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Which brings us to the pandemic. The pandemic threw a wrench in our busy-ness. Our jobs changed, our social lives changed, our kids’ activities changed. I remember at the beginning of lockdown how everyone, including me, was scrambling to reinvent our busy-ness. Meetings and conferences and happy hours moved to Zoom. Frantic runs to the hardware stores for new projects in the homes we were now locked in. Aspirations to learn Spanish or how to paint. New workout routines.


And again, I’m not saying any of this was bad, but I am saying that when the world slowed down, we did our best to try to speed it up again. At first.


But then, eventually, I think we all settled into a new way of being. Our Spanish lessons fell by the wayside. There was nothing left to fix in our houses. Our workplaces had finally accepted that the pandemic wasn’t going anywhere and made temporary changes permanent.


We slowed down. We reluctantly settled into the notion that we don’t have to be so productive, so busy. And honestly we had to. Because we couldn’t hold off feeling our loss forever. And yes, we all experienced loss. Our country lost over 600,000 people to covid. More than the total population of my home state of Wyoming.


Some of us had friends and family who died during this time, and we couldn’t even say goodbye in person. Some of us lost our jobs. Some of us lost relationships because of disagreements about wearing masks. We all lost our connection to community in some way because we couldn’t be physically together—at church, at school. We lost our sense of safety.


We slowed down, and our lives changed. We let go of our worth being determined by our busy-ness. We let ourselves feel our weakness, even if we didn’t really like it. We let ourselves settle into grace.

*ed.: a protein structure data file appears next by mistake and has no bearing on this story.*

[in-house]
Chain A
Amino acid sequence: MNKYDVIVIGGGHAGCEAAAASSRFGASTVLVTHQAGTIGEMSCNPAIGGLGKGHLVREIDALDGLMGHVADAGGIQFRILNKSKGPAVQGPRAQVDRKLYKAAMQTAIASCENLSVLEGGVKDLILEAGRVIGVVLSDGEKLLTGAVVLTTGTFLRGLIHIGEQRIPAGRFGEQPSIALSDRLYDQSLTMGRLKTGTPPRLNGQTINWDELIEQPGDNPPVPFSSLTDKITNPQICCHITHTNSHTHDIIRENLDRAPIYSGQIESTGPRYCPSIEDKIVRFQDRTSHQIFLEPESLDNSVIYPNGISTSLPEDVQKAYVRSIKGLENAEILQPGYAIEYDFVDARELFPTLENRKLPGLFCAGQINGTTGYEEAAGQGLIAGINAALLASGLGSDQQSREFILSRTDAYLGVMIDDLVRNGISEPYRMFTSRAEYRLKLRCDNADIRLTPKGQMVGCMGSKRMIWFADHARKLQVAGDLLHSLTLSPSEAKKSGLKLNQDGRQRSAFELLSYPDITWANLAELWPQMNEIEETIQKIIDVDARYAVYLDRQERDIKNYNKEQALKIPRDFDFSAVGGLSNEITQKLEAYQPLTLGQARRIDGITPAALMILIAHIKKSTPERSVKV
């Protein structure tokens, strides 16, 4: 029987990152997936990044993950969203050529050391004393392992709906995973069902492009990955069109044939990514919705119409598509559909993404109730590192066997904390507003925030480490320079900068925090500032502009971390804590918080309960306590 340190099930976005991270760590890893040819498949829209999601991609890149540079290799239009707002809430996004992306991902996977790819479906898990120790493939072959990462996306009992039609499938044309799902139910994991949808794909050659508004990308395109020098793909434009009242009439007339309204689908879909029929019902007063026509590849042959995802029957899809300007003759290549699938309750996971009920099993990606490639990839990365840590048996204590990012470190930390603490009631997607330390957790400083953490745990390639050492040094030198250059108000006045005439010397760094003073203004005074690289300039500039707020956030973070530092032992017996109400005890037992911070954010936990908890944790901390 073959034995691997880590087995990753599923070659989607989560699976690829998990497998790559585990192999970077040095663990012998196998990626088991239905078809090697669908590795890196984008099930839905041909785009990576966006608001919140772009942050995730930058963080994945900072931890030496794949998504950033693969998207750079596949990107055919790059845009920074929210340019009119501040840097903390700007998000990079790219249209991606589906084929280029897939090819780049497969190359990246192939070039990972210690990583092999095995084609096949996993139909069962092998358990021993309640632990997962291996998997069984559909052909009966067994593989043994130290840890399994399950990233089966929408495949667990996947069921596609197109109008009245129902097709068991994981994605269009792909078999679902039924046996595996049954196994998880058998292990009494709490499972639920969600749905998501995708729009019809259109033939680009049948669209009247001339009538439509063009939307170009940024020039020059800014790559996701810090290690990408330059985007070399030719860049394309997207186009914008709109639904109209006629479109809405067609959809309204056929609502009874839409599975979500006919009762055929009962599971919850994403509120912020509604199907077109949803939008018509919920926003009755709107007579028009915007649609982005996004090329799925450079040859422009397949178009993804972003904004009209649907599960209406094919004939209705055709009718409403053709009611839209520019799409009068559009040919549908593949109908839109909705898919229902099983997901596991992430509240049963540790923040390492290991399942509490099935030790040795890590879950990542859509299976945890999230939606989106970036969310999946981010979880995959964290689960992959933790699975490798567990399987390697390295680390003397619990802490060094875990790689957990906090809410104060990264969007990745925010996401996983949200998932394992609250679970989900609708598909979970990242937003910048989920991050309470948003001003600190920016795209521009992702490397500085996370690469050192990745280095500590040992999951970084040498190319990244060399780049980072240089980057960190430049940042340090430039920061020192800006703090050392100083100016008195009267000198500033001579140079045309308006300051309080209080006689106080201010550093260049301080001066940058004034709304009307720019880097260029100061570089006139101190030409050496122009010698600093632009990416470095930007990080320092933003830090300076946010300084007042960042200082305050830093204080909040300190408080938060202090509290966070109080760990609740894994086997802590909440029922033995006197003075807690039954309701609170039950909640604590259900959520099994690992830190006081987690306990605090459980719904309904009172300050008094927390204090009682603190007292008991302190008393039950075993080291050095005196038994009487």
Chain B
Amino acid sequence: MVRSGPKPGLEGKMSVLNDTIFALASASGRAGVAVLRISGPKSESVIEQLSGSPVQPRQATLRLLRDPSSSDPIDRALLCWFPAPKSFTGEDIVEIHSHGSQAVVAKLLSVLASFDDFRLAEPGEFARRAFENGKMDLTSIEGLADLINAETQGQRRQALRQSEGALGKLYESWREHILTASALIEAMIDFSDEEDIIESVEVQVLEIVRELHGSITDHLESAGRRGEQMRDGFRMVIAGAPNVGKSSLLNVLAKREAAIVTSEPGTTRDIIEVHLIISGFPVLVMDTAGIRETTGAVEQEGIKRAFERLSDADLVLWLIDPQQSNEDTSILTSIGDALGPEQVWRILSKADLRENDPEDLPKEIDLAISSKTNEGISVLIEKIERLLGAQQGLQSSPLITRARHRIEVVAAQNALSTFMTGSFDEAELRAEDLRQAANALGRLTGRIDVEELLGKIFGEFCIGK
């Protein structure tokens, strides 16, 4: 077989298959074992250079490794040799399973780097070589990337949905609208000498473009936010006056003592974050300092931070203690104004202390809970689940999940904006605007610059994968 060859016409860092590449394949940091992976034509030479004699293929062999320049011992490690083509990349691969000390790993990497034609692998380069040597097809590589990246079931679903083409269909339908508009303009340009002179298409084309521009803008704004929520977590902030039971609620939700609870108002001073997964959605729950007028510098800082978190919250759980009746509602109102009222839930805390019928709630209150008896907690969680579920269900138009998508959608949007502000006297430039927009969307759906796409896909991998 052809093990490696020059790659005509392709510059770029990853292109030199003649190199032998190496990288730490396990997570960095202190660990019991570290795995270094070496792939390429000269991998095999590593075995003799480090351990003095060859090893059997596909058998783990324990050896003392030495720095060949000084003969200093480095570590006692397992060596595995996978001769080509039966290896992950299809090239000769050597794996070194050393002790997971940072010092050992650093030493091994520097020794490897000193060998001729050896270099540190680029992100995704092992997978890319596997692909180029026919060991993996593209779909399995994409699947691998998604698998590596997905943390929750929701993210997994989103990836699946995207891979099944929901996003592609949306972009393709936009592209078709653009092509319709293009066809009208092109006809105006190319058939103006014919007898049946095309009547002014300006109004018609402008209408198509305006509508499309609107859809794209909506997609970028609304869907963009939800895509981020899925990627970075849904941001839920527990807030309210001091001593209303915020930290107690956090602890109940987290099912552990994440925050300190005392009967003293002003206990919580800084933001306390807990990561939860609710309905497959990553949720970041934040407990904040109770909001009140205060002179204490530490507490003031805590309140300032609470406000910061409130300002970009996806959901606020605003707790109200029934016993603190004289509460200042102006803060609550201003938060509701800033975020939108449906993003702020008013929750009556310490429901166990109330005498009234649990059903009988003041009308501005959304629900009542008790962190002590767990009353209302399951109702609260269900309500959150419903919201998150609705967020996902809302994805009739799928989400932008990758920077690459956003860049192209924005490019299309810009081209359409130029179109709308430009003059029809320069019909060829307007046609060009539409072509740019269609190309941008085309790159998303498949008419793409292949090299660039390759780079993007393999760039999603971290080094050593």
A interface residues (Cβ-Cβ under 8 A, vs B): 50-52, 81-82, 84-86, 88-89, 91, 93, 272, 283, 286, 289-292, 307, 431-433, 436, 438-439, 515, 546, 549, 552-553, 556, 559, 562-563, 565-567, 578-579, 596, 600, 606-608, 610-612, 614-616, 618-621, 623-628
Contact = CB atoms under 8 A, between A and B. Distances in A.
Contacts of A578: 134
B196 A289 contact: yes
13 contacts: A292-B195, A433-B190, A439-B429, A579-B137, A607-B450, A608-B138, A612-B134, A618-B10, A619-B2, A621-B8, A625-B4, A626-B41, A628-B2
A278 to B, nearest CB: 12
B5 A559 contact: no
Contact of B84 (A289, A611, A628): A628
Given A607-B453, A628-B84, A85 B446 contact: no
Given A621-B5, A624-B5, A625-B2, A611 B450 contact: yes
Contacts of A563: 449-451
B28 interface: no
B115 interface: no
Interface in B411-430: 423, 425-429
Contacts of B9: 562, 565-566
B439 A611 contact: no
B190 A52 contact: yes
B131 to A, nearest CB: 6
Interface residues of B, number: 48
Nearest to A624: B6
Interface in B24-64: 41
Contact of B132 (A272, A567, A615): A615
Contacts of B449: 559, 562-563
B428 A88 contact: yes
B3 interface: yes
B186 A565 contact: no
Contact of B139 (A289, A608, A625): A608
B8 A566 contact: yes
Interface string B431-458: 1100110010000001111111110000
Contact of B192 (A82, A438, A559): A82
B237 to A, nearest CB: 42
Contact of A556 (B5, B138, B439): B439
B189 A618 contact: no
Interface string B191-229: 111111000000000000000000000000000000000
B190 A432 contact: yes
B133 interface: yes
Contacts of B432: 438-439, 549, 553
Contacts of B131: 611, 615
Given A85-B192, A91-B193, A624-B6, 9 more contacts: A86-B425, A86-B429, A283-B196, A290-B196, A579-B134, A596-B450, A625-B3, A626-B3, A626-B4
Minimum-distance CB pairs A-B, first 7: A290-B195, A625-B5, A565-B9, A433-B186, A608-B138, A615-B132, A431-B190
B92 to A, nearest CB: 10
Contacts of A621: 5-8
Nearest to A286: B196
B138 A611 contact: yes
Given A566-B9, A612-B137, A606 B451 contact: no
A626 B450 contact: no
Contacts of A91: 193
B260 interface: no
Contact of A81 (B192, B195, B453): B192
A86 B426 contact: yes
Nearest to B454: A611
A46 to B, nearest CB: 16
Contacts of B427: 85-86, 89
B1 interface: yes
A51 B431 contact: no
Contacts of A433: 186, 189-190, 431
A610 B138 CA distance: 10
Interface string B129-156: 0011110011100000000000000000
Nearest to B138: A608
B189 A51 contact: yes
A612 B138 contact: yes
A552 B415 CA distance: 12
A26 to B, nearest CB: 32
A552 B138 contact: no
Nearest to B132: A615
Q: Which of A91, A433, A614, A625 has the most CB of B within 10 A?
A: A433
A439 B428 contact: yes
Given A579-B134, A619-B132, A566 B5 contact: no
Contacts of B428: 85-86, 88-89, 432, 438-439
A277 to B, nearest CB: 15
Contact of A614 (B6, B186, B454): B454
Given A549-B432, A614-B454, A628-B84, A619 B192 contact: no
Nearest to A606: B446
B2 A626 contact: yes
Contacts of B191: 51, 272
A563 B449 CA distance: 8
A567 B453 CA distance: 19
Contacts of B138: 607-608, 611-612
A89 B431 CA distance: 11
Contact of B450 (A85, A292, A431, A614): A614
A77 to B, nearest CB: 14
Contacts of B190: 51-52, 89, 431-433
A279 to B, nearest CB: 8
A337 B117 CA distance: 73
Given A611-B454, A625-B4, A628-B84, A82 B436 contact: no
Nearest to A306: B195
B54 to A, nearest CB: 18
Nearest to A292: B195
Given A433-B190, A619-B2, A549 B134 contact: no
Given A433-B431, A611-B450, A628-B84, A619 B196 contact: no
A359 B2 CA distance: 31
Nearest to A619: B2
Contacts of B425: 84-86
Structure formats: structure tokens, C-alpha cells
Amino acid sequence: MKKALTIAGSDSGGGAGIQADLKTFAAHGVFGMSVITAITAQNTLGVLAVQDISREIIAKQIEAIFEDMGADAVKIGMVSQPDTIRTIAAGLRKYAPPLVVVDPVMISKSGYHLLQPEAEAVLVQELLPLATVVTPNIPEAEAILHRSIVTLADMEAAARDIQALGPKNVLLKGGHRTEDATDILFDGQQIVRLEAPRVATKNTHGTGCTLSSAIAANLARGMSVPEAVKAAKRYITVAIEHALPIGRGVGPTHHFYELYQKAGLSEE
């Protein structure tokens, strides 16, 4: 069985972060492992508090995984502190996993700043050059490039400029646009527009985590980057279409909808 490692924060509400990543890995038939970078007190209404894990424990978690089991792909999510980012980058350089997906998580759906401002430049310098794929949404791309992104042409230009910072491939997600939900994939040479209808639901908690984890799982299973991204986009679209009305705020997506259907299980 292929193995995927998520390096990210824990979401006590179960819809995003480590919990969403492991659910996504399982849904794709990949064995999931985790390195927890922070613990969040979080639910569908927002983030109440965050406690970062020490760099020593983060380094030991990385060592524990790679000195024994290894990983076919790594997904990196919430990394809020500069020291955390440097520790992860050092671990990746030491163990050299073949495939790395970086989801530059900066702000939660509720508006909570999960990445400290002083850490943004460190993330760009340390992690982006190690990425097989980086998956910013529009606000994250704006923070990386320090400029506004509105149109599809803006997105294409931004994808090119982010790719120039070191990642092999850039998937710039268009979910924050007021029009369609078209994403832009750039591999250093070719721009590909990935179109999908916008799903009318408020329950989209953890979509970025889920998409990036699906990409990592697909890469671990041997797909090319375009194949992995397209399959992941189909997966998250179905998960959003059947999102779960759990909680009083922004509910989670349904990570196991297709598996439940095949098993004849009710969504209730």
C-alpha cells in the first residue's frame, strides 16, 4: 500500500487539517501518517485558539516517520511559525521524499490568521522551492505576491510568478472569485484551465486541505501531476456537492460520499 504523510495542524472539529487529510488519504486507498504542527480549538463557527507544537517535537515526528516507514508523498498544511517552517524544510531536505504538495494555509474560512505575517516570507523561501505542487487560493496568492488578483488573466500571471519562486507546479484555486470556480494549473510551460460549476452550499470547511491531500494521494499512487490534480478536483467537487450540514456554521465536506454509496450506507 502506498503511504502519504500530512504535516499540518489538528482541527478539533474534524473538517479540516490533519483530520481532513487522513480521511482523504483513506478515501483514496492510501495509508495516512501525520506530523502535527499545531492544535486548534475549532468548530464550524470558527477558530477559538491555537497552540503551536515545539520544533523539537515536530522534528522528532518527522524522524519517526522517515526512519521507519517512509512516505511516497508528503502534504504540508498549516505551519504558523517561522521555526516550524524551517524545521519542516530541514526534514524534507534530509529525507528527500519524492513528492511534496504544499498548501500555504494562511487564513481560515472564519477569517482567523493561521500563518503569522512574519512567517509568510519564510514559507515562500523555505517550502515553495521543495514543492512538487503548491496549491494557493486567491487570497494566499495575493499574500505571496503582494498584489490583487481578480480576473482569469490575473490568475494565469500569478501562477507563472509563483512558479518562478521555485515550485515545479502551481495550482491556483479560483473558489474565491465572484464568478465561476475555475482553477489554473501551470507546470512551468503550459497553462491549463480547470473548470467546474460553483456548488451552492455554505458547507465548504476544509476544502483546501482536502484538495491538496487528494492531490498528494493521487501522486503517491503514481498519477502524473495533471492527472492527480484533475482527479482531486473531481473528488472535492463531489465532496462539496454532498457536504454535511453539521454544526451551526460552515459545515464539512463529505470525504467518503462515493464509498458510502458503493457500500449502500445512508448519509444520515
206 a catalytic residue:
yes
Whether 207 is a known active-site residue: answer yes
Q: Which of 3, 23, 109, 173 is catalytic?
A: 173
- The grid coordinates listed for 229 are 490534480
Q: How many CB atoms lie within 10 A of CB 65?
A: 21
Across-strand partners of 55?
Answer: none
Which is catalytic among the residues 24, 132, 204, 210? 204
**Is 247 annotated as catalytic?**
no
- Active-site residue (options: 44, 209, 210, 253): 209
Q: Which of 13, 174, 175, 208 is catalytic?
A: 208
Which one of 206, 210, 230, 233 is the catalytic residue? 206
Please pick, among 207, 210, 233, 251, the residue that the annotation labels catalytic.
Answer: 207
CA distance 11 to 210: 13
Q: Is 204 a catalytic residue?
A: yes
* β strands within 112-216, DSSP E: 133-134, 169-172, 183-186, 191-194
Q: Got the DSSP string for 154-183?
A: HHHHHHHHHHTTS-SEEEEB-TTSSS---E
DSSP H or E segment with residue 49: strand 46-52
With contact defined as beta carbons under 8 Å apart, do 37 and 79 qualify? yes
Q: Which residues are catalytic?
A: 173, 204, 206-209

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But now the world is opening! Mask mandates are going away, restaurants are at full capacity, and we can hug! And I have to admit, a lot of it feels good. It feels good being back here with you. It feels good chanting at Thorns games with 25,000 other supporters. Some of the loss has been alleviated.


But you know what else this means? Back to the busy-ness! Who needs grace anymore? We can earn our worth again!


Right?


Grace is a tricky thing. If you google “grace,” the main definition you’ll find is “God’s unmerited favor.” Or “God’s love despite how terrible we are.” All of the definitions are framed around sin, which can be helpful. I definitely want to know that God still loves me even when I screw up.


But even though we believe that God will love us even when we screw up, it seems that we still think we have to work hard to be worthy—of love, of thriving, of care.


So maybe we need to look at grace from a different angle. Maybe we need to look at it more as, “we are inherently enough because God created us.” Work, busy-ness, productivity can’t earn us God’s love because we already have God’s love.


Knowing that God loves us, that God wants love for the whole world, is what should inspire how we live, move, and have our being—not fear that we’re not doing enough.


“I am enough because God created me.” I just want to invite you to put your hand on your heart, if you’re comfortable doing that, take a deep breath, and say it with me, “I am enough because God created me.” Let’s take another breath...and say it one more time: “I am enough because God created me.”


That’s what grace means.


And that’s why I’m inviting our St. Luke’s community into a time of rest for the rest of the summer. As I wrote in our newsletter this week, I've asked our ministry team leaders to do only what is absolutely essential to maintain their ministries. Our Vestry will not be meeting in July, and I have scaled back my meetings and obligations so that I can also rest. In the coming weeks, I will be inviting each of us to find ways to help us rest, and we will be creating ways to gather and sit with all we've been through.


In order to heal from this extraordinarily challenging time, we need to slow down.


Resting is one big way to demonstrate our trust in God’s grace. We don’t have to keep proving our strength, our worth, our faith. We just have to know that we are enough because God created us.


Amen.